Darwin & Surrounds3-day itinerary
This 3-day Darwin itinerary will have you taking in the best of the city’s art, culture and culinary experiences, with some waterhole swims and wildlife encounters to boot.
Cool off at the Darwin Waterfront, immerse yourself in Aboriginal art and culture and get up close to some of the largest reptiles on the planet. Savour the city’s culinary delights while taking in Darwin’s iconic sunsets.
Breakfast with a view
Begin your 3-day Darwin adventure with breakfast at the Darwin Waterfront. From high end restaurants to more casual cafés and bars, there’s something for everyone. Make sure you pack your bathers so you can go for a swim at the Wave or Recreation Lagoons. Paddle, swim or play in these manmade lagoons with waves up to 1.7m generated at regular intervals. Both areas are safe for swimming and protected from stingers.
Go face-to-face with a croc
After lunch, make your way to Crocosaurus Cove located in the heart of Darwin on Mitchell Street. Here you’ll have the opportunity to get up close and personal with the largest reptile on the planet, the saltwater crocodile, and learn about a variety of fish and reptile species at the aquarium. There is a twice daily crocodile and fish feeding show not to be missed. And, if you are feeling particularly brave, climb into the Cage of Death for a face-to-face encounter with one of the largest saltwater crocodiles in captivity. It’s the ultimate adrenaline rush!
Sunset & shopping at Mindil Market
Darwin’s popular Mindil Beach Sunset Market are held every Thursday and Sunday evening between May and October. The region’s incredible multicultural mix is well represented at the market’s arts, crafts and food stalls. Enjoy free entertainment by magicians and buskers, then take your pick from the food stalls and enjoy your dinner barefoot on the beach watching an iconic Darwin sunset.
If the Mindil Beach Sunset Market isn’t scheduled for tonight, head to Cullen Bay Marina instead where you can watch the sun go down with takeaway fish-and-chips.
Become a city explorer
Start your day with a morning coffee fix and breakfast at one of the many popular cafés in the city. Take the time to browse the local shops and boutique stores along Smith Street and Knuckey Street for some unique goodies to bring home.
Looking to sample the city’s delights? Join Darwin Gourmet Tours to discover the best local restaurants and bars that pride themselves on dishes that feature home-grown produce.
Immerse yourself in art
Today, immerse yourself in the local Aboriginal art scene. Darwin City and Parap are great places to view and invest in Aboriginal art pieces from around the Northern Territory. The Museum and Art Gallery of the Northern Territory is also a great place to find out more about Aboriginal art and to see local crocodile celebrity, Sweetheart. The famous 5m, 780kg taxidermied saltwater crocodile is on permanent display in the museum. The museum also houses a Cyclone Tracy exhibition where you can appreciate the scale of devastation the city suffered on 24th December 1974.
Wartime history in the Top End
The Defence of Darwin Experience at the Military Museum is a great place to get your wartime history fix. Learn about the bombing of Darwin and the city’s role in WWII through the gallery and multimedia presentations. Check out the displays of artillery pieces, vehicles, uniforms and firearms at the museum, or head to Stokes Hill Wharf and the Bombing of Darwin Harbour exhibit at the RFDS Tourist Facility. The VR movie and life-sized holograms help bring the dramatic events to life. If you’re looking for a day tour, then you can’t go past The Darwin History and Wartime Experience.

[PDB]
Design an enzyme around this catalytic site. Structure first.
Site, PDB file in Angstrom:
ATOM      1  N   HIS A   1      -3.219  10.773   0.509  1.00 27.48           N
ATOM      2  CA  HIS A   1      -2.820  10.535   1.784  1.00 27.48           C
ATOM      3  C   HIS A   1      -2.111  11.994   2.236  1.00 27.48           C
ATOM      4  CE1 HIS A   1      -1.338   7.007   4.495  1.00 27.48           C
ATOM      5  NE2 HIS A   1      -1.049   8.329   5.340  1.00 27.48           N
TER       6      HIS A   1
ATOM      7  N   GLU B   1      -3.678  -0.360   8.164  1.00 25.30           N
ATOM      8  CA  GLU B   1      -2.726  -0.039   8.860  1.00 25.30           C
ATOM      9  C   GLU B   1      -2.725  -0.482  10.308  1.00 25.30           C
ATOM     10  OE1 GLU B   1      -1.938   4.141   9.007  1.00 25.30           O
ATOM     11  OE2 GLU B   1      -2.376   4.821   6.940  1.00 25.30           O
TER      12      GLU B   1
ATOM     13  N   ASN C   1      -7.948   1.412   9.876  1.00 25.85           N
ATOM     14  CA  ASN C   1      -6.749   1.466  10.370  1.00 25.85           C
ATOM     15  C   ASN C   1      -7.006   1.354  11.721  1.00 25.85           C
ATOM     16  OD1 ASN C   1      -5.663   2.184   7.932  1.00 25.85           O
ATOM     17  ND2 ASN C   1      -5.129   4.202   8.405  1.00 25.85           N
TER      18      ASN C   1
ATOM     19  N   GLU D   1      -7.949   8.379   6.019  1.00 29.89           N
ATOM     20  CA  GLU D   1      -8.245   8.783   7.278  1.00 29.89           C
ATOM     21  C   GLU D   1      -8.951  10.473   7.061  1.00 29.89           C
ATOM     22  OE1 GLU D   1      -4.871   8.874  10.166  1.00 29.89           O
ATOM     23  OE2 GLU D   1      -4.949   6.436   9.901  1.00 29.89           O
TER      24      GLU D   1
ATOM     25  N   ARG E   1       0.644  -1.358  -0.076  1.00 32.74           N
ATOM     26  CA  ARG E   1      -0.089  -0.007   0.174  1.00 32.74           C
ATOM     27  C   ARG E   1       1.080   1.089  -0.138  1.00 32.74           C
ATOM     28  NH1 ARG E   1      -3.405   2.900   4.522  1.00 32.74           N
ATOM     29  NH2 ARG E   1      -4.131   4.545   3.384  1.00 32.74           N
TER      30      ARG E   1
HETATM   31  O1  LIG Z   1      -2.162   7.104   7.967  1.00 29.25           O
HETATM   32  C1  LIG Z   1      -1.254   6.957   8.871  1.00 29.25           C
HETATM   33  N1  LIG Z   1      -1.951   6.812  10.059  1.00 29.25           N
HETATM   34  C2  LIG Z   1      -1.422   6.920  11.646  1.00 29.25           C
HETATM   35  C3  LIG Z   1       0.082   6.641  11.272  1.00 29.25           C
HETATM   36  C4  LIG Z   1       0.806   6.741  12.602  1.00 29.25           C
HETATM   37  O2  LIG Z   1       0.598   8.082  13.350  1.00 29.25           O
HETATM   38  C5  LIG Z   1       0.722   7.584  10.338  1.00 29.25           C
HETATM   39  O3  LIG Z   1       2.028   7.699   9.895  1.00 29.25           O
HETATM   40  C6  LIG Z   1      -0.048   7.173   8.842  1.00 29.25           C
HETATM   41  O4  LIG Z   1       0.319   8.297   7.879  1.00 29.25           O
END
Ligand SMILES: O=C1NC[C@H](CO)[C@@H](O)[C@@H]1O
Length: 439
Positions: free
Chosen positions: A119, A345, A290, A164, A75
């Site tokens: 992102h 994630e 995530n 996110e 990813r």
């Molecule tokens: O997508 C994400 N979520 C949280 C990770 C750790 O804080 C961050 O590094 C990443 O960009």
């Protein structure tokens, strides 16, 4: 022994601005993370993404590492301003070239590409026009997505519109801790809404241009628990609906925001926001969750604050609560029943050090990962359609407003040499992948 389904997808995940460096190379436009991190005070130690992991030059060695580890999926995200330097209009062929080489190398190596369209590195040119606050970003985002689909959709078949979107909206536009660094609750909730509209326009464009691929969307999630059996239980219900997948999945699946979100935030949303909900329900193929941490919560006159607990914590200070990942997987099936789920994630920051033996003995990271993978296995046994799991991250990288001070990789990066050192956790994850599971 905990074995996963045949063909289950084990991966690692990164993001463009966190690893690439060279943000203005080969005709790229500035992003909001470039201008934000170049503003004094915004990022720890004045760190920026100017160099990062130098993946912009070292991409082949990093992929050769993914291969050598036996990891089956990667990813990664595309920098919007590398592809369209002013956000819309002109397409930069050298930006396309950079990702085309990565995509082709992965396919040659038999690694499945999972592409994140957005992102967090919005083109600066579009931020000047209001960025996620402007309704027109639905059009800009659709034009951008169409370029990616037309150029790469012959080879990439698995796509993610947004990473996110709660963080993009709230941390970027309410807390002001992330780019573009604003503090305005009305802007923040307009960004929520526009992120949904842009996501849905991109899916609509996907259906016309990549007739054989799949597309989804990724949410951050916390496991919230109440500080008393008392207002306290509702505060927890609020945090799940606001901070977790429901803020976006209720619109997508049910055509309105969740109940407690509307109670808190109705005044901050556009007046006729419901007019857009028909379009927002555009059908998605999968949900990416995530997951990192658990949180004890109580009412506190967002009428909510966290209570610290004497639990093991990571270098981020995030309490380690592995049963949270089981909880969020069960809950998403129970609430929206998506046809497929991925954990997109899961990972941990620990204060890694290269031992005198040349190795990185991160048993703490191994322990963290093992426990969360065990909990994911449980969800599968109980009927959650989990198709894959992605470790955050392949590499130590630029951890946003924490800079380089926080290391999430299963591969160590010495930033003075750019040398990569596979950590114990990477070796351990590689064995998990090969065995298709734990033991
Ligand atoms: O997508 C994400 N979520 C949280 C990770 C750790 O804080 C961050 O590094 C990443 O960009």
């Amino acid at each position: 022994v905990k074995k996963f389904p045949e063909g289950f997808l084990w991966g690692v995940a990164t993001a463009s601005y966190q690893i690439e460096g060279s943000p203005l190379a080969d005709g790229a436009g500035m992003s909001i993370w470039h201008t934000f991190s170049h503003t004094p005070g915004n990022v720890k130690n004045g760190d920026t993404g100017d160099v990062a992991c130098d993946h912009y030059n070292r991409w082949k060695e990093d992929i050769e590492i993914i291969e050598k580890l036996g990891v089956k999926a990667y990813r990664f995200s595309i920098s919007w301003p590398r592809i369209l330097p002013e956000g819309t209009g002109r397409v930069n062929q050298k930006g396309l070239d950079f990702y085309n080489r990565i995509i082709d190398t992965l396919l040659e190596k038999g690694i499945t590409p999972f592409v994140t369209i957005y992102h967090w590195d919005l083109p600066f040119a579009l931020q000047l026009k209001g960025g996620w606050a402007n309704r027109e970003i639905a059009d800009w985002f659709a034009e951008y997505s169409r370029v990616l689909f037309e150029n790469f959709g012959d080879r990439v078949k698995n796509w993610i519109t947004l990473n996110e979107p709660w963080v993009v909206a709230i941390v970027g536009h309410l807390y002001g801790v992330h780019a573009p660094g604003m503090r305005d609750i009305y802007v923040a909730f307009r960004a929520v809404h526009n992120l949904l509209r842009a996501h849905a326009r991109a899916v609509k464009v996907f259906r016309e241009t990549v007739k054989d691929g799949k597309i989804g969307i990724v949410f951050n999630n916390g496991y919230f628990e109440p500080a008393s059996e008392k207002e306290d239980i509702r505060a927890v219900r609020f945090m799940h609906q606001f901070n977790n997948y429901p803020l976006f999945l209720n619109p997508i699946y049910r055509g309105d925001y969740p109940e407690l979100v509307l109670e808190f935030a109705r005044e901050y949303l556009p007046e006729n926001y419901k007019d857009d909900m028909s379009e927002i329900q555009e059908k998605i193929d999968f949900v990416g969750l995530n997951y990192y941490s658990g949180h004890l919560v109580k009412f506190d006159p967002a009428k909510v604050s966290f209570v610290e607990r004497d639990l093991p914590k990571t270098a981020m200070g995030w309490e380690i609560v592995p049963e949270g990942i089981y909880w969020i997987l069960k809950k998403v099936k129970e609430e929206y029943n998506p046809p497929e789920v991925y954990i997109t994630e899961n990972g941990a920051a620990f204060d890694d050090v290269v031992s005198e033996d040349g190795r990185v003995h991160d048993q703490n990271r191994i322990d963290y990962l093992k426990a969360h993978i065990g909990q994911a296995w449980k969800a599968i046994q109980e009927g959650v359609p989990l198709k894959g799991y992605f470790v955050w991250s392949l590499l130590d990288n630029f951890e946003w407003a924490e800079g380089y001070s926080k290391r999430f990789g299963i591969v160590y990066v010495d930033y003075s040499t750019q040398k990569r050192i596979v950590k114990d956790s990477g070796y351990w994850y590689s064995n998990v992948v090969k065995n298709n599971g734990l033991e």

Historical harbour views
Head towards the Esplanade where you’ll find Bicentennial Park perched on the cliffs of Darwin Harbour. Visit the Cenotaph, which is Darwin’s first war memorial commemorating Australians who lost their lives in WWI, and the Aboriginal men and women whose bush skills assisted the Army during WWII to protect the remote northern coastline.
Settle in for a movie under the stars
Unwind tonight with a flick at the Deckchair Cinema, which can be found at the Waterfront. The open air cinema screens Australian, popular, family, foreign and classic films during the dry season (April–November). Make the most of the experience and relax under the stars while enjoying their onsite bar and food stalls.
Back to nature
If you feel a need for some R&R today, you can’t go past Berry Springs Nature Park (usually open May–November), located just 47km south of Darwin. Used as a recreation camp for armed forces personnel during the war, today it’s a popular spot for a barbecue and a dip in the clear freshwater pools. If you bring your goggles along you’ll be able to spot native fish and other aquatic life.
Get active this afternoon and check out one of the bushwalking tracks or learn more about the wartime history of Berry Springs Nature Park at the interpretive centre.
Go wild at Territory Wildlife Park
Discover the local wildlife at the nearby Territory Wildlife Park where you can take in a famous birds of prey show or hand feed the whip rays and barramundi in the Oolloo Sandbar. Wander through treetop aviaries, around a natural lagoon and through the aquarium to see animals, including Graeme the saltwater crocodile.
Dinner with a view at the wharf
Return to Darwin and head to Stokes Hill Wharf in the Waterfront Precinct. This is a popular spot for fishing with the locals, and is dotted with restaurants, eateries and retail shops. It’s also the location to depart on a Darwin Harbour sunset cruise, jet ski tour or airboat adventure.
Finish the evening with some fresh local fish-and-chips and find a spot to watch one last iconic Top End sunset – if you’re lucky you may even spot some dolphins in the water below. Relax at the wharf while you reflect on your Darwin adventures.
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